Actress Taylour Paige Gets Into the “Boogie” Spirit in Eddie Huang’s Directorial Debut
Boogie, Eddie Huang’s directorial debut, proves to be a different kind of coming-of-age story. Best known for penning the autobiography that inspired the hit TV series Fresh Off the Boat, Huang draws upon two subjects near to his heart – his Chinese heritage and his love of basketball — to weave an offbeat tale of a Chinese basketball phenom nicknamed Boogie (Taylor Takahashi) who aspires to become an NBA superstar.
It was the unique nature of the script, which Huang also wrote, that convinced Taylour Paige to play Eleanor, the high school classmate who captures Boogie’s heart.
“After reading it through I thought, ‘You know, this is a really special story. There’s a lot of beautiful cultural nuance in it,’” said Paige during a recent Zoom interview. “When was the last time you saw a Chinese-Taiwanese basketball player? I don’t think ever. And also with a black love interest? I just thought, ‘You know these people exist. I’m friends with these people. I would love to portray them.’ So I guess the spirit of it convinced me.”
Boogie, a Focus Features release, revolves around the teenage Alfred “Boogie” Chin whose skills on the basketball court make him a prime candidate for a college scholarship. But his attitude and lack of discipline are standing in the way. Added pressure comes from his parents who are constantly at odds. His domineering mother (Pamelyn Chee) is pushing Boogie into a decision he doesn’t want to make. His volatile father (Perry Yung) supports his son’s dreams, but his violent nature and criminal past do not make him the best role model.
Anchoring it all is Eleanor. Wise beyond her years, she encourages Boogie to explore his true self and come to grips with his Chinese roots and the conflicting emotions he has towards his parents.
“Eleanor is who I wish I was in high school. I feel she has a great sense of self-worth and boundaries. But she is sensitive in a way that’s true and extends out to those she loves,” continues Paige. “She’s a real East Coast kid who’s deeply empathetic and caring and nurturing. But she is also assertive and clear and I think very mature for her age.”
Initially, Paige turned down the role. The actress, whose credits include Ma Rainey’s Black Bottom, Zola, and White Boy Rick, was concerned she was past the days of playing a high school student. She changed her mind when Huang approached her a second time to play Eleanor.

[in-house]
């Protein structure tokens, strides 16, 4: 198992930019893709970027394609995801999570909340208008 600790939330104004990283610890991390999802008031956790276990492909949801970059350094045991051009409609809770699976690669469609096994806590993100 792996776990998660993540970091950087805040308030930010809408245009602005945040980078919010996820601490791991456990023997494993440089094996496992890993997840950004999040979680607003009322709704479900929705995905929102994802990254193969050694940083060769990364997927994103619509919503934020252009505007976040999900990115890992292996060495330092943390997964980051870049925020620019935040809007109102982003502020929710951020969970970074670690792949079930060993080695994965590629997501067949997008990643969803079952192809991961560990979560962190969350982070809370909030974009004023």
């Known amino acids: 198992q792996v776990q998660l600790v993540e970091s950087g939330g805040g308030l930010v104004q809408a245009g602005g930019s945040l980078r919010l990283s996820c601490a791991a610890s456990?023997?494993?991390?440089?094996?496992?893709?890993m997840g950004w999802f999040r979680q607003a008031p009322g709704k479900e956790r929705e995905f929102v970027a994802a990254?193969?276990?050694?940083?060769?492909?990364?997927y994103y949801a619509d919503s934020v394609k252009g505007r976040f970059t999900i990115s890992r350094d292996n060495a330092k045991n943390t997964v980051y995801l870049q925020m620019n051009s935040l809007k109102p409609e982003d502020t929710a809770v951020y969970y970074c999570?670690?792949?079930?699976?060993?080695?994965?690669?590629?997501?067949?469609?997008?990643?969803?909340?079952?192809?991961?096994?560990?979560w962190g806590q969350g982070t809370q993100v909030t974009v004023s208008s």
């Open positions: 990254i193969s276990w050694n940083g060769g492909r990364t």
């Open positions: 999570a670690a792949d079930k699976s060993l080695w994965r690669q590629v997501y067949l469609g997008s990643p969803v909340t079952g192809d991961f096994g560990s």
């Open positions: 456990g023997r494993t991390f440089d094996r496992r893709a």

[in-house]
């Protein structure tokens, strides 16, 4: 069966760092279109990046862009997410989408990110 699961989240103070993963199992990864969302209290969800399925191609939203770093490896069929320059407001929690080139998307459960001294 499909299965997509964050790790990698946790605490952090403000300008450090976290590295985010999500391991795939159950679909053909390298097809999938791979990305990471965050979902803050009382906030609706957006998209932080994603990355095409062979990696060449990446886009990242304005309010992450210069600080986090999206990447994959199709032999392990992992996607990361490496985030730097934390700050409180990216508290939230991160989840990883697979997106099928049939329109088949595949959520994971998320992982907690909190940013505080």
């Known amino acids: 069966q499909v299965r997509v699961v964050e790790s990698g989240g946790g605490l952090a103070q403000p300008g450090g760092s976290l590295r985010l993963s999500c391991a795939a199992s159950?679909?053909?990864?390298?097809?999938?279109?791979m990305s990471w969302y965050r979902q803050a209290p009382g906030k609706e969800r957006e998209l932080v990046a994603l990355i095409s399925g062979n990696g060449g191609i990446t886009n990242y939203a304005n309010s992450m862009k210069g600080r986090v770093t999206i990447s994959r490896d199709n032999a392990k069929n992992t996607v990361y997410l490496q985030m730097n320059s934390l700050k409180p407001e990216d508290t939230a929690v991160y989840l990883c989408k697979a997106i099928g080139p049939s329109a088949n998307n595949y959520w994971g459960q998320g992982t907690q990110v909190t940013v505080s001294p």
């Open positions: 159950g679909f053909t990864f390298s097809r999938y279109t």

“As an artist, it feels really good to be offered things. Most of the time you’re auditioning and not hearing back or getting rejected.” Paige remembers. “So, I said, ‘You know what? I really think that this is a sweet story, and I have a dream of moving to New York, so let’s go.”
The next day, Paige got on a plane to Manhattan where the film shot over the summer of 2019.
Though Paige admits the rigors of independent filmmaking, particularly being one of the few women on a testosterone-heavy, sports-driven film such as Boogie, posed its challenges. But she really enjoyed collaborating with Huang to bring Eleanor to life. “It’s really fun when you work with someone who has written what they are directing because they know what they want,” she says. “It really helps you trust them as an actor. ‘You know what you saw in your head. So help me help you. What instrument do you want me to play here?’”
Realizing how personal Boogie’s story was to Huang also enthused Paige. She muses that she likes to envision the little boy or girl in her colleagues and could see how much it meant to him to be telling these experiences on film. “I just wanted to honor what he wrote and bring as much integrity and truth as I could,” she adds.
Paige says it was also a joy to be around Takahashi. Making his acting debut, Takahashi became friends with Huang when they played together in a San Gabriel basketball league. Huang hired Takahaski as his personal assistant. During filming, Paige took the burgeoning actor under her wing.
“We were homies. He’s a very reliable, easygoing, calm dude and was refreshing to work with,” Paige says. “Super-disciplined, super-hard working, super willing — I know how stressful it is to act around people you don’t know. I think he did a great job.”
Paige also found it a kick that basketball plays such a key role. A native of Inglewood, California, the sport was a constant during her childhood. Her older brother is a big Lakers fan who idolized Nick Van Exel and attended the Magic Johnson All-Star Basketball Camp. Paige’s mom, a commercial real estate agent, managed several of Johnson’s properties. Wanting to emulate her brother, Paige took to the court — the only girl on a youth basketball team. When her interest turned to dance, she did a brief stint as a Laker Girl. In 2013, that experience came in handy when Paige starred in the TV series Hit the Floor, a drama about a dance squad for a mythical Los Angeles basketball team.
“It was always a huge part of growing up. We watched the games. We’d go to games. I remember Sunday games with my brother yelling, my family being happy, and lots of clapping,” says Paige. “There’s something so nostalgic about the sound of the shoes on the court, the ball bouncing, and the whistle. It’s so nostalgic and hopeful. Even now, it’s just so comforting to hear a game playing in the background when you’re cooking dinner.”
Boogie is now playing in select theaters.